• Honor environmental process constraints 

The challenges of APC 

APC as a concept has been around for some time: the first description of the use of MPC to control applications was presented in the 1970s by Jacques Richelet. Despite its potential advantages, however, APC has acquired a mixed reputation. 

A typical APC project starts with the design, installation and commissioning of the applications, at which point the benefits are realized. With the system performing as promised, the user might well decide against the cost of a service-level agreement, preferring to maintain the system via an onsite champion. Over time, however, this onsite champion moves on, while operating conditions, such as raw materials and fuels, gradually change to the point that the predictive model no longer reflects the actual operating conditions. As a result, performance of the application starts to decay and it is eventually turned off.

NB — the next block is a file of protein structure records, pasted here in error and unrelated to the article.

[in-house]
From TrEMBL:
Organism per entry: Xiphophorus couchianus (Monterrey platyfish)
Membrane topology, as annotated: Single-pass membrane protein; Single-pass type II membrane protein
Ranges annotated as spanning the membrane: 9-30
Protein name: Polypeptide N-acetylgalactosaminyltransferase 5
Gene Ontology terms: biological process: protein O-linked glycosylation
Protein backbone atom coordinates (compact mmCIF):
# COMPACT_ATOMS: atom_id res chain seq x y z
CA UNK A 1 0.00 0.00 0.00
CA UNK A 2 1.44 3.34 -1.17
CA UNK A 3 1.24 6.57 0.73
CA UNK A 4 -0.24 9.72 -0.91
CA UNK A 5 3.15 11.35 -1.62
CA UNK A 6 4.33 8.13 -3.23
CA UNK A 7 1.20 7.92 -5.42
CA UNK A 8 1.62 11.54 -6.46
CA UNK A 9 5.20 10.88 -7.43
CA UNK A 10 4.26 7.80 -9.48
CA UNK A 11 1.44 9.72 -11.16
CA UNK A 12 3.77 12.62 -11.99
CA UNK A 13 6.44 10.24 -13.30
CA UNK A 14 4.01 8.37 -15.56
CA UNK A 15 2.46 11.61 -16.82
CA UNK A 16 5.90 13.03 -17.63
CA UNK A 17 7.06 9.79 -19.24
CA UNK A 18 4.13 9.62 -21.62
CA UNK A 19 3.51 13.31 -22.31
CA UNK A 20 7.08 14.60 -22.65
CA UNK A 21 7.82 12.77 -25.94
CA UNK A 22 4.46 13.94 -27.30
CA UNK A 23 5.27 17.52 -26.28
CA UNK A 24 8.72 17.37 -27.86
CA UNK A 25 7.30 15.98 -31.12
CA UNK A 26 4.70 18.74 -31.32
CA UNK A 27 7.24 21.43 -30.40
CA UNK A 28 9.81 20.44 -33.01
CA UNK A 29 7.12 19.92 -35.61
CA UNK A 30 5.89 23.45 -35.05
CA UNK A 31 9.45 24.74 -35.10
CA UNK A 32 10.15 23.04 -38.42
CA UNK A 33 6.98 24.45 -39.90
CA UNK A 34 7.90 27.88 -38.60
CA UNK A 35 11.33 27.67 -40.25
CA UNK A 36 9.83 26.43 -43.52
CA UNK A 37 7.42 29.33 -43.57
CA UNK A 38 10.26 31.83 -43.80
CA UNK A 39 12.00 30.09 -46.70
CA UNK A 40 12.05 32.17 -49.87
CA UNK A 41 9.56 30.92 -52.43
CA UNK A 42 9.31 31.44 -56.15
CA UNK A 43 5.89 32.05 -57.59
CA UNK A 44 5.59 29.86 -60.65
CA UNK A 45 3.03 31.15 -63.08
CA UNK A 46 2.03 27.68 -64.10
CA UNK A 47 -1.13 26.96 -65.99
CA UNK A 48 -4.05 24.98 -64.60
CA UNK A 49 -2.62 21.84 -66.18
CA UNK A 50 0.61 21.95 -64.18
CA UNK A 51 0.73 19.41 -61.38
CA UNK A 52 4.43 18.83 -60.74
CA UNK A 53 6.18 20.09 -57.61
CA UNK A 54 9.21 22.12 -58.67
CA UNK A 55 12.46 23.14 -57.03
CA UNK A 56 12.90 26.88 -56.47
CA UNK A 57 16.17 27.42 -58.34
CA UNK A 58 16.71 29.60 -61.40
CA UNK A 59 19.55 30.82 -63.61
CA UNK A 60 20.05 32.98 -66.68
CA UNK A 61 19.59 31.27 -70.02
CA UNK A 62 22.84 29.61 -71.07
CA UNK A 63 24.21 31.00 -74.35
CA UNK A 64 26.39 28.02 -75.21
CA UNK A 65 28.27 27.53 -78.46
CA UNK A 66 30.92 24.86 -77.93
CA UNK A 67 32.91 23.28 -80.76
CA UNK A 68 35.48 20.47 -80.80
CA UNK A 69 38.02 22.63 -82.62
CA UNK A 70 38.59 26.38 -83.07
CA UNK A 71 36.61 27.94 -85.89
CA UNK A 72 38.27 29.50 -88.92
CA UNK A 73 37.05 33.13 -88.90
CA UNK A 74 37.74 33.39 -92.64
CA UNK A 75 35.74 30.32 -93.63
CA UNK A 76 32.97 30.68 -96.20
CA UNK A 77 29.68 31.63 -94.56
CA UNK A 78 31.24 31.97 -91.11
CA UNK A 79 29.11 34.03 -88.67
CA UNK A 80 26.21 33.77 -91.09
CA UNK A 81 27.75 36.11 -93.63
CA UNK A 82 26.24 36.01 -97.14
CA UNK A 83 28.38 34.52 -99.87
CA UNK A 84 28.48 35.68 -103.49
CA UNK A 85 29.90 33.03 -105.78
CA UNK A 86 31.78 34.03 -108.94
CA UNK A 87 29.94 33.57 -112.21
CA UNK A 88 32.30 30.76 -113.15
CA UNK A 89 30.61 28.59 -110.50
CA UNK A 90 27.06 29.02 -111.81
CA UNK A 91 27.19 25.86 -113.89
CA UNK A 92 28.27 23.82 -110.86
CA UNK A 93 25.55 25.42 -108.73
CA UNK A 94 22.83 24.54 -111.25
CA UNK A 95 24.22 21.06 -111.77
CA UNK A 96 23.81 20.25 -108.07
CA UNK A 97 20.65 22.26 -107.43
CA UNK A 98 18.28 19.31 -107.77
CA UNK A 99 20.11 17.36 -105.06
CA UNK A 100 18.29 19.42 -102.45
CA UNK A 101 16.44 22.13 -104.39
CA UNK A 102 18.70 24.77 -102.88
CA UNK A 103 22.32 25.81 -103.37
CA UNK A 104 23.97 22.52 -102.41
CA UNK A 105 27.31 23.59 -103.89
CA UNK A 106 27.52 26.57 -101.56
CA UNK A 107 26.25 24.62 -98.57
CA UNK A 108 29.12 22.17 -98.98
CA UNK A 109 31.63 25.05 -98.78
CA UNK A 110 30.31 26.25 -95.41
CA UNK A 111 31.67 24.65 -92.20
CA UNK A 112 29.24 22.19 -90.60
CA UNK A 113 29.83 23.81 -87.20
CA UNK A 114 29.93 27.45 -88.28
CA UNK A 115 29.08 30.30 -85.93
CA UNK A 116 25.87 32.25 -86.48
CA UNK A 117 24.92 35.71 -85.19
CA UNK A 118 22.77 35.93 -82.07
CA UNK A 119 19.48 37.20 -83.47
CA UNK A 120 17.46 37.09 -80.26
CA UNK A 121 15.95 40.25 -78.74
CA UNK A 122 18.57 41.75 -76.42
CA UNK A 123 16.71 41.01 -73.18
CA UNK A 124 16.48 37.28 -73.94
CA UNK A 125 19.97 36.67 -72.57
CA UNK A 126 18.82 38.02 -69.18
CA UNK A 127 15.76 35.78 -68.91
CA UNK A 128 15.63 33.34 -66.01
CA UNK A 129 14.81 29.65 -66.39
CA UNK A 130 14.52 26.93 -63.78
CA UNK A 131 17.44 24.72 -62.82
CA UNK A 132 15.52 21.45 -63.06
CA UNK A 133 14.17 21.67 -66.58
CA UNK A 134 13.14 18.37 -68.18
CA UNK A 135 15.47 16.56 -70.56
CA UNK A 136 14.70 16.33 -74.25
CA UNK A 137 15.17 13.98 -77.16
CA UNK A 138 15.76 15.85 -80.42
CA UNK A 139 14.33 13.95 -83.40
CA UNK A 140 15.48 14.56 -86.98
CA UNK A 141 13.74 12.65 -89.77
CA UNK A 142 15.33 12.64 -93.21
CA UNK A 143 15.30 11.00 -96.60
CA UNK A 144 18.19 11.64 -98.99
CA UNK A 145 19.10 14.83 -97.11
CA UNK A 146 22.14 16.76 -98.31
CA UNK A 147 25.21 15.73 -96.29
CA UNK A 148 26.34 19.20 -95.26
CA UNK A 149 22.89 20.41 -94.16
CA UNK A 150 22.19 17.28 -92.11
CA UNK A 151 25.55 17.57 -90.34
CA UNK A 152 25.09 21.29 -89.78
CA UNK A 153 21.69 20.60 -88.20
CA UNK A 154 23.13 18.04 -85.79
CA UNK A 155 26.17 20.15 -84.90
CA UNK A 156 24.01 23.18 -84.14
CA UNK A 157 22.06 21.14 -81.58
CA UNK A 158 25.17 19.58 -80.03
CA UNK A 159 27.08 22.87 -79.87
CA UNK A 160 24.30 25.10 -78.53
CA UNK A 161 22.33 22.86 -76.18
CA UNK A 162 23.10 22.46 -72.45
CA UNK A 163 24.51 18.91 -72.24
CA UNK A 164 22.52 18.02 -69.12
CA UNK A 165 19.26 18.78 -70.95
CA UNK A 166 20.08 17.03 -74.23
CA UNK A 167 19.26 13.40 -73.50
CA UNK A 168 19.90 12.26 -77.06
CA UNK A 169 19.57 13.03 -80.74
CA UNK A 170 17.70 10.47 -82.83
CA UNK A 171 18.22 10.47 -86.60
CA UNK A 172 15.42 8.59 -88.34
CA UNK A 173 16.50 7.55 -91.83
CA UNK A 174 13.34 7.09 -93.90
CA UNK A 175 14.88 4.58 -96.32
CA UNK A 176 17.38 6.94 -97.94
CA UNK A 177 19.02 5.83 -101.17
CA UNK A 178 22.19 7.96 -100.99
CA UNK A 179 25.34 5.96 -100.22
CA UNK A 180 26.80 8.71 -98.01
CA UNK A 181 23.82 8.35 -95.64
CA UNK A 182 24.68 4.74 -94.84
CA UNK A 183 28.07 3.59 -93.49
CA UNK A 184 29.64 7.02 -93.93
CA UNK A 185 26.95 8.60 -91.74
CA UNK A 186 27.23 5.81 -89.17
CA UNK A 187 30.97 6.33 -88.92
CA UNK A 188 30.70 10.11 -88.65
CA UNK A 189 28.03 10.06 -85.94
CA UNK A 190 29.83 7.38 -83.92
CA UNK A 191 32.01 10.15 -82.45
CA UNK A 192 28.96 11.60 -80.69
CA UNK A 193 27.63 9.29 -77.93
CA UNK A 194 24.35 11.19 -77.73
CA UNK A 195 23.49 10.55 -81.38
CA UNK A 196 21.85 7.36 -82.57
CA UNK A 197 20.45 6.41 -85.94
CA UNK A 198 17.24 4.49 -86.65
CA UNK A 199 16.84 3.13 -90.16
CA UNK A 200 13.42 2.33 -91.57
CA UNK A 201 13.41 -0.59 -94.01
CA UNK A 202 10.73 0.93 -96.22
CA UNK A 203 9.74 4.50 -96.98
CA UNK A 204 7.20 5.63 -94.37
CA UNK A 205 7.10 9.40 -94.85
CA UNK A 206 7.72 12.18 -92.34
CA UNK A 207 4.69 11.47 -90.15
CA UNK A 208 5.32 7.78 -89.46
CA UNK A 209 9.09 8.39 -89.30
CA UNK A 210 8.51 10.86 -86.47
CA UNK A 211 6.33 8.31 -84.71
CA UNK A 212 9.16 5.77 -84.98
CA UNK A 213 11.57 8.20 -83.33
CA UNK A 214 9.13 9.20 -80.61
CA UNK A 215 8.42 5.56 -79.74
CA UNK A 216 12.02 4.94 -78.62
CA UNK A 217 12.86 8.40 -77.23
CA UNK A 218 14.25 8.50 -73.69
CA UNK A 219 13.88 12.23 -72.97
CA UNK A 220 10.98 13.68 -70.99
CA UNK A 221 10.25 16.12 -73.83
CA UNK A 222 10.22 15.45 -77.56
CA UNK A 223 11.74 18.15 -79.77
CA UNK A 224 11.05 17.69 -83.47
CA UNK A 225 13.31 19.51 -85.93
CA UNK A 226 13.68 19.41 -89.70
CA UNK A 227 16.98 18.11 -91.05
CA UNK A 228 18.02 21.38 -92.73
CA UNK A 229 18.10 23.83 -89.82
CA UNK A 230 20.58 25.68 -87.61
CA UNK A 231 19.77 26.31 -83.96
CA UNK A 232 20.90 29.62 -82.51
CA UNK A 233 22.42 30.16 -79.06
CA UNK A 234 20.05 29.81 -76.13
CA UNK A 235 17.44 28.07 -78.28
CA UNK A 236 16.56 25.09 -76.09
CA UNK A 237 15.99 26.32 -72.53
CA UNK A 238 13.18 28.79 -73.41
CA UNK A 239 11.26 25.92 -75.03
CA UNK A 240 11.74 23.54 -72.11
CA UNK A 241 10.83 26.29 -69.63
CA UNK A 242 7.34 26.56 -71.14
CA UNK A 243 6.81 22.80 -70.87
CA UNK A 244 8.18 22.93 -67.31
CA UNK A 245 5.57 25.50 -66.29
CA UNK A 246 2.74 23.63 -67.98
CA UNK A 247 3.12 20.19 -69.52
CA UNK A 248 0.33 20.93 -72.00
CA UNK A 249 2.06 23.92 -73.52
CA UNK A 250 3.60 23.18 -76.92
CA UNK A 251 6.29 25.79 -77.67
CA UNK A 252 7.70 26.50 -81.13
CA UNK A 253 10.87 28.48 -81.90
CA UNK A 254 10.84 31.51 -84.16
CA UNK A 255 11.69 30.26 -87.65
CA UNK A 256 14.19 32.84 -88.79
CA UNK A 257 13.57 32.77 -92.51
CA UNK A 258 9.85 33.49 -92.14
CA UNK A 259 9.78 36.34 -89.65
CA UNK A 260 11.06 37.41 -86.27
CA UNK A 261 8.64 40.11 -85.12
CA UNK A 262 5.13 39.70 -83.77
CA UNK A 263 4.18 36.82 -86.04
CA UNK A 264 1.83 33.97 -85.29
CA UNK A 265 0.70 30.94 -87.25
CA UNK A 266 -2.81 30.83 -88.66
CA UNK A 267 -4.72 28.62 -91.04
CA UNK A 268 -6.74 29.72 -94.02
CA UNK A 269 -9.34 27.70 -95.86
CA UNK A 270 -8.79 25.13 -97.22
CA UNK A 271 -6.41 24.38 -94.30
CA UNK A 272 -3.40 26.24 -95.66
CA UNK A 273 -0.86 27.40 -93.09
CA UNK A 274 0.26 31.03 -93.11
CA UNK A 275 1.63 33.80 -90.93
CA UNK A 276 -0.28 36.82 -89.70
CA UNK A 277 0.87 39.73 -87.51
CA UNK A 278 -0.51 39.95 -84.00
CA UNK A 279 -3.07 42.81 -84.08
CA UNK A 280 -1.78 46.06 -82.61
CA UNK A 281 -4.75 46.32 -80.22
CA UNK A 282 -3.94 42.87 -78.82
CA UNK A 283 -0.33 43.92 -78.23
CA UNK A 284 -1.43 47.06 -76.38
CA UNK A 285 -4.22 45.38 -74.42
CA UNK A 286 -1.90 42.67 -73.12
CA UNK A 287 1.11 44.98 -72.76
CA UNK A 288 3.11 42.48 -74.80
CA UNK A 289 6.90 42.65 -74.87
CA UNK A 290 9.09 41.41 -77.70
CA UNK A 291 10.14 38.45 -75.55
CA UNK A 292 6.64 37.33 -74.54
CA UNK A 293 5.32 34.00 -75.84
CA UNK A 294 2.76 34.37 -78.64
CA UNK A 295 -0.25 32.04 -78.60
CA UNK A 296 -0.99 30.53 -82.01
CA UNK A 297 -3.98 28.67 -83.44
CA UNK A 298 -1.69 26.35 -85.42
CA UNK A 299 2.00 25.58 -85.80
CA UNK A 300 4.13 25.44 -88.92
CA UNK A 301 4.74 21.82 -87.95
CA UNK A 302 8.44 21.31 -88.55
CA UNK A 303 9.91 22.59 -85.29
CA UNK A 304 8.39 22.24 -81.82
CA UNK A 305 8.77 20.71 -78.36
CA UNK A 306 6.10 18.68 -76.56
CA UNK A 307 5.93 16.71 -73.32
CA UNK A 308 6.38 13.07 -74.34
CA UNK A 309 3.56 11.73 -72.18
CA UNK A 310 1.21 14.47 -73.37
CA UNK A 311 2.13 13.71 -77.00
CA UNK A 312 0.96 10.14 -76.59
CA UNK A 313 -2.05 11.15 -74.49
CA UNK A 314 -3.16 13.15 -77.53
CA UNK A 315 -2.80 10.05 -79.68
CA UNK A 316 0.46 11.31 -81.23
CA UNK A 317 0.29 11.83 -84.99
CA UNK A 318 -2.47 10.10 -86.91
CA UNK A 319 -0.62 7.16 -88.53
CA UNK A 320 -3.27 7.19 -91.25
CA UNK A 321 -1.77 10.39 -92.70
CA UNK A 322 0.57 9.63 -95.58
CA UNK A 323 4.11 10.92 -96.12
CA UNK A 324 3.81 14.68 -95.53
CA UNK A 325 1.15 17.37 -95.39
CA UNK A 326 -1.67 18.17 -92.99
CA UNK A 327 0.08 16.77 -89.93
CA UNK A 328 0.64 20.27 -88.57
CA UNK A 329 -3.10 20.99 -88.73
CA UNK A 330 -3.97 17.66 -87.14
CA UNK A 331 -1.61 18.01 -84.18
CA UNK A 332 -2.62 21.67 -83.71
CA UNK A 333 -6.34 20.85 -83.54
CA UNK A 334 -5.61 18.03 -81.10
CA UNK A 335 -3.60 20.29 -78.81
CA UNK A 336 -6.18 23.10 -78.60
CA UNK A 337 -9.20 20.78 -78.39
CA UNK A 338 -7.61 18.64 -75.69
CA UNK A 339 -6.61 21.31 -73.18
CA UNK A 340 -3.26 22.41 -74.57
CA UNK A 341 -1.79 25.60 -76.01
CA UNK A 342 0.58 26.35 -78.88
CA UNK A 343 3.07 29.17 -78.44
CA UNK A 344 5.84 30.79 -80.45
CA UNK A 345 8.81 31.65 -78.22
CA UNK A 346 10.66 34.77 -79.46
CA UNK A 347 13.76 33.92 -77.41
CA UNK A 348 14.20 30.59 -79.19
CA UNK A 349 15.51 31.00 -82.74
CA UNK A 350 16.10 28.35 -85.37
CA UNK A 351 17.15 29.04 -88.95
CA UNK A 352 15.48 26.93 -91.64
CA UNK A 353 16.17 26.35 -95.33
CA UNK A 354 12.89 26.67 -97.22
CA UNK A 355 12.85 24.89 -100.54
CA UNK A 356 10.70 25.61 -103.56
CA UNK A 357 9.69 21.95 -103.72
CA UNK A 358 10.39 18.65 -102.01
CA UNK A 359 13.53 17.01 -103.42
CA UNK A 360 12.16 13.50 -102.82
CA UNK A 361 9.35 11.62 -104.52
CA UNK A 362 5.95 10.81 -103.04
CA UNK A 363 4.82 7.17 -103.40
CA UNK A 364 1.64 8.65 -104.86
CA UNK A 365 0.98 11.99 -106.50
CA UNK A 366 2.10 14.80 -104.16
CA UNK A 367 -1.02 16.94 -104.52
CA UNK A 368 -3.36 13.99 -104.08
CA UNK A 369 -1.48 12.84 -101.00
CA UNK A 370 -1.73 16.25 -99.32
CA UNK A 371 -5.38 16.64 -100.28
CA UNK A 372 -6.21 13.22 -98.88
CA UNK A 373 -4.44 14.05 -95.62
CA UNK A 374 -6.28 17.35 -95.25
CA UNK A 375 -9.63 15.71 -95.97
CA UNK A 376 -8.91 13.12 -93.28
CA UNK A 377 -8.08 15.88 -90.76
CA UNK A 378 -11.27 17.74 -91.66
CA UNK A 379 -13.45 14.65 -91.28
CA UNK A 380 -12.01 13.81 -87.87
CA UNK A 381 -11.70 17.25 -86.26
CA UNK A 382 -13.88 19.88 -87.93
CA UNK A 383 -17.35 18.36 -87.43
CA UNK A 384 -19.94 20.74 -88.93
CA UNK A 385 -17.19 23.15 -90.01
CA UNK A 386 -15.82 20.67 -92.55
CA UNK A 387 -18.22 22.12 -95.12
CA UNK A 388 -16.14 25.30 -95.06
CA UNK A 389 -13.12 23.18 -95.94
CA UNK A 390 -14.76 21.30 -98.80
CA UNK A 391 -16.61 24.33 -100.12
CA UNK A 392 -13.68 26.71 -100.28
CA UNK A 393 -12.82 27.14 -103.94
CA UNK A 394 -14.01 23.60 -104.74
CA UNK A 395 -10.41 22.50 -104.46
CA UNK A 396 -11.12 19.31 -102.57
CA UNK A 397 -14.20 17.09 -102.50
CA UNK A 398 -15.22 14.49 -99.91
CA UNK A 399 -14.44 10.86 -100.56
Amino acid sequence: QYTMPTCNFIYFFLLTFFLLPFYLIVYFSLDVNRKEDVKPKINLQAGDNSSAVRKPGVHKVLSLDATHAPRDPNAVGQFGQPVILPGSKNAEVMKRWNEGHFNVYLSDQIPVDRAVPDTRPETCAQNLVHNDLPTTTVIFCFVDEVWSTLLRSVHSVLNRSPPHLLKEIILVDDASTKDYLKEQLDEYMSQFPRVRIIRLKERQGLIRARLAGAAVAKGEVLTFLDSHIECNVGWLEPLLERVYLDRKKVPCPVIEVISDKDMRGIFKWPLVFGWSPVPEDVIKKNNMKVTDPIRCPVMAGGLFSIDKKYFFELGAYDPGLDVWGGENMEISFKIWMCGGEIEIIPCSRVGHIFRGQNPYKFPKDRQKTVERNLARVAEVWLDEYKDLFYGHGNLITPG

The development of new digitalization technologies, such as IoT and cloud computing, offers a solution by moving APC from a CAPEX-led investment with separate software license and maintenance agreements to a collaborative and continuing partnership between APC supplier, such as ABB, and plant, based on the idea of subscription licenses and services. Not only does this mean that the advantages of the system are maintained, but it opens opportunity to achieve enterprise-level multi-site optimization.  

The benefits of this approach can be summarized in three words: collaborative, faster and lower risk: